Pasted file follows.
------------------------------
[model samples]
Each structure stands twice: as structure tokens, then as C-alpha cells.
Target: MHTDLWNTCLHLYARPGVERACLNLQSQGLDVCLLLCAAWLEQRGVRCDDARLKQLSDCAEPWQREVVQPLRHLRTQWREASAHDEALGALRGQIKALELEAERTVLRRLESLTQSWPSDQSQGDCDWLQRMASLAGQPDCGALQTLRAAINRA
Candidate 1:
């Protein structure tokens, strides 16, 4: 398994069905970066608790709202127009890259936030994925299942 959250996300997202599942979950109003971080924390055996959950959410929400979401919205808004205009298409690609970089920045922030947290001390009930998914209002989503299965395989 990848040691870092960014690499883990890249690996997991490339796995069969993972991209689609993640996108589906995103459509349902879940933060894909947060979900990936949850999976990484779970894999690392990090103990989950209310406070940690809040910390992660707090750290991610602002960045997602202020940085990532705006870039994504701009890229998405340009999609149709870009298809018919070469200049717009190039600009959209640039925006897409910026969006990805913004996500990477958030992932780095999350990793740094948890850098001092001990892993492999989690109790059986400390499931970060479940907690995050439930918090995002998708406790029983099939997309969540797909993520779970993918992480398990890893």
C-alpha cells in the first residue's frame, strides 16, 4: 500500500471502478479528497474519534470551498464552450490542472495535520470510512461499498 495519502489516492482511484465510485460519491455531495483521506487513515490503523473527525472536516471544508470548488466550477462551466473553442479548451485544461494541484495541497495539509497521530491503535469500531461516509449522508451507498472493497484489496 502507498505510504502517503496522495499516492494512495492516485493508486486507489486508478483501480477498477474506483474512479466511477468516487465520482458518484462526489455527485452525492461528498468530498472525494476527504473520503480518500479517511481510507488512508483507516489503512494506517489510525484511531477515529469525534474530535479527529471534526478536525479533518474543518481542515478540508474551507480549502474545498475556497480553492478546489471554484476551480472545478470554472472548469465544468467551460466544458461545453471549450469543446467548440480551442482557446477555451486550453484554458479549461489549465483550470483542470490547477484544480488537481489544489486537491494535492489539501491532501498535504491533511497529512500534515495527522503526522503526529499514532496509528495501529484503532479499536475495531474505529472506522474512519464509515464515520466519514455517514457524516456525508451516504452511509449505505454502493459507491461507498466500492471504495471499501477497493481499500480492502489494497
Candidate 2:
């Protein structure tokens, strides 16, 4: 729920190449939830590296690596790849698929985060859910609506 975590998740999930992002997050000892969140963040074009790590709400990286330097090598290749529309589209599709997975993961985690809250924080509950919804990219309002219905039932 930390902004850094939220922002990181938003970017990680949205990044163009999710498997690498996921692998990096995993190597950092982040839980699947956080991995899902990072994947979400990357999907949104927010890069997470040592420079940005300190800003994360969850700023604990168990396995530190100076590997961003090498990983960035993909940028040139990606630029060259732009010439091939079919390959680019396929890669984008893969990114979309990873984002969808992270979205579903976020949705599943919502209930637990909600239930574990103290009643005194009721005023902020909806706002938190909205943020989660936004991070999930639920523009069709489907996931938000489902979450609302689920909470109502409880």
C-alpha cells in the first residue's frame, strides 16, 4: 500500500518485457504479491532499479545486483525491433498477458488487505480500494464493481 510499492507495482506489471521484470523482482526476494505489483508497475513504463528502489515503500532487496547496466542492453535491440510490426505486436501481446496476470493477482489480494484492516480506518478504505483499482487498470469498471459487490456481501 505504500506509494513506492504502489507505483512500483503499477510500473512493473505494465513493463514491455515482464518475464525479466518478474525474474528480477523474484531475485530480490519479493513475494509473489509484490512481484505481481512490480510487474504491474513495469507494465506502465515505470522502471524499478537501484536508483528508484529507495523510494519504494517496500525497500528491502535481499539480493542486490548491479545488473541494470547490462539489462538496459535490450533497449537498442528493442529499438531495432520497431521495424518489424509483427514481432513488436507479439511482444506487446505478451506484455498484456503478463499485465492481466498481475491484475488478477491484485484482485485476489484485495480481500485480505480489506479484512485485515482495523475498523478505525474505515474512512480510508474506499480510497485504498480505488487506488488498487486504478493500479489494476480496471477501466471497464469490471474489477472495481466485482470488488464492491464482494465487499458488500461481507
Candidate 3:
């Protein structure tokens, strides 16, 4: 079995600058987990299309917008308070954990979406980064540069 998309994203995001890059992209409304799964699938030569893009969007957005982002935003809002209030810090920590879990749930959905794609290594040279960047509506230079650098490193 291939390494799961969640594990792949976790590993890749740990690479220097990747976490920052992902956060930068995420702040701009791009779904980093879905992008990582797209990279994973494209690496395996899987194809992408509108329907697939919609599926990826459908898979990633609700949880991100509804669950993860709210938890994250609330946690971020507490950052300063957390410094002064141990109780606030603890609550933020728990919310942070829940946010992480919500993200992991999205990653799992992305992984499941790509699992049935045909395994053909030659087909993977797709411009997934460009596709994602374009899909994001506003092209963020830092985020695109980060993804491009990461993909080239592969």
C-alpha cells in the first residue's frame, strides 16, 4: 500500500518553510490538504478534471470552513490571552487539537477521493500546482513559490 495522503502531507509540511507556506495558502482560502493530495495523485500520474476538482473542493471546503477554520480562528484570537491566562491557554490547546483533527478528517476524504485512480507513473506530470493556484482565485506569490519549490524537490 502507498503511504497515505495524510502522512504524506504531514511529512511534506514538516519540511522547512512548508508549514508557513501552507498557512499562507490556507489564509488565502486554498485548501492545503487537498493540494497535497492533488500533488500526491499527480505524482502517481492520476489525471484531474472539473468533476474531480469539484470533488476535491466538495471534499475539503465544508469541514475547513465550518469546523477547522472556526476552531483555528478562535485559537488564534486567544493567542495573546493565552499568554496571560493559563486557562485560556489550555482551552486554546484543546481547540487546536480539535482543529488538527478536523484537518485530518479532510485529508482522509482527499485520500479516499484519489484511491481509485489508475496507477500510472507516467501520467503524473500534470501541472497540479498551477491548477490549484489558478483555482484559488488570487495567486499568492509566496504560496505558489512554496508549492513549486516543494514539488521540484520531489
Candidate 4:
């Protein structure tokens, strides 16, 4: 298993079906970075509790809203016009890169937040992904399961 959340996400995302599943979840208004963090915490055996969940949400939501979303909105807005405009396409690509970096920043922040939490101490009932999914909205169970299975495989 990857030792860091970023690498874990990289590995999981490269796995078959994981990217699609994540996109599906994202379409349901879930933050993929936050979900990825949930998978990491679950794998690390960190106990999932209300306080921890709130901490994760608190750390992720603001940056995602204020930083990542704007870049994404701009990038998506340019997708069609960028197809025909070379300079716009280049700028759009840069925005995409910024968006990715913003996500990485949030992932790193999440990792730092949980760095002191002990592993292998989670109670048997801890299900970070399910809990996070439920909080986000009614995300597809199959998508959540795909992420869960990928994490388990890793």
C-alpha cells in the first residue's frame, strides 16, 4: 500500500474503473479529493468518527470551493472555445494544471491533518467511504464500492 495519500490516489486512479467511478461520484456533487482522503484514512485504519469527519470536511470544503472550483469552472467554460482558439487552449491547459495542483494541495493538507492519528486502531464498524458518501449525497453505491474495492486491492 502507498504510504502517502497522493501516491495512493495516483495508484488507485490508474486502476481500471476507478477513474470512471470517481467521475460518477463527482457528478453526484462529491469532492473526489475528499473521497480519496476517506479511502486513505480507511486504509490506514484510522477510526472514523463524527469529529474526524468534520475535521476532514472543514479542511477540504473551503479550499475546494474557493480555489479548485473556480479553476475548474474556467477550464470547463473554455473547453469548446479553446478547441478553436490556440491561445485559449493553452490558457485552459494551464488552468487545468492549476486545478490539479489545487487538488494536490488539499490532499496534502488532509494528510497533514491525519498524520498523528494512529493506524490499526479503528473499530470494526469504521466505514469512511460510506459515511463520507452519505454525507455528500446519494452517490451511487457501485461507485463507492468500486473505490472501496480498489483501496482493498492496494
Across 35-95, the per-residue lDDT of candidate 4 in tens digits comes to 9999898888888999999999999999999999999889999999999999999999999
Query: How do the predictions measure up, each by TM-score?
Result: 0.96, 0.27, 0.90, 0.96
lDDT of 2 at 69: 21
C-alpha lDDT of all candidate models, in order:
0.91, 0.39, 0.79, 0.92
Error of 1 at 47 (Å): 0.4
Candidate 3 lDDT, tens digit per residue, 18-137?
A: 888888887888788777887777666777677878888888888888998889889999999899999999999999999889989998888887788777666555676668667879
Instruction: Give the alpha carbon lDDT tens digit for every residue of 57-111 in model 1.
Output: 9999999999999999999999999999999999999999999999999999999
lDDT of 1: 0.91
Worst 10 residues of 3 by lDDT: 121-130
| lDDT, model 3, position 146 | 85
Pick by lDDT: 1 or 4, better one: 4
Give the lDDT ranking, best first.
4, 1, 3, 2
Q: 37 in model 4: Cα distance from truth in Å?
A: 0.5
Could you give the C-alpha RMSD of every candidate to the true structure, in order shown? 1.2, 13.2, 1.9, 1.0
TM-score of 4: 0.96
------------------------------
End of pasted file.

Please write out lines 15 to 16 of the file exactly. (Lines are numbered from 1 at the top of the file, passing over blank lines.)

C-alpha cells in the first residue's frame, strides 16, 4: 500500500474503473479529493468518527470551493472555445494544471491533518467511504464500492 495519500490516489486512479467511478461520484456533487482522503484514512485504519469527519470536511470544503472550483469552472467554460482558439487552449491547459495542483494541495493538507492519528486502531464498524458518501449525497453505491474495492486491492 502507498504510504502517502497522493501516491495512493495516483495508484488507485490508474486502476481500471476507478477513474470512471470517481467521475460518477463527482457528478453526484462529491469532492473526489475528499473521497480519496476517506479511502486513505480507511486504509490506514484510522477510526472514523463524527469529529474526524468534520475535521476532514472543514479542511477540504473551503479550499475546494474557493480555489479548485473556480479553476475548474474556467477550464470547463473554455473547453469548446479553446478547441478553436490556440491561445485559449493553452490558457485552459494551464488552468487545468492549476486545478490539479489545487487538488494536490488539499490532499496534502488532509494528510497533514491525519498524520498523528494512529493506524490499526479503528473499530470494526469504521466505514469512511460510506459515511463520507452519505454525507455528500446519494452517490451511487457501485461507485463507492468500486473505490472501496480498489483501496482493498492496494
Across 35-95, the per-residue lDDT of candidate 4 in tens digits comes to 9999898888888999999999999999999999999889999999999999999999999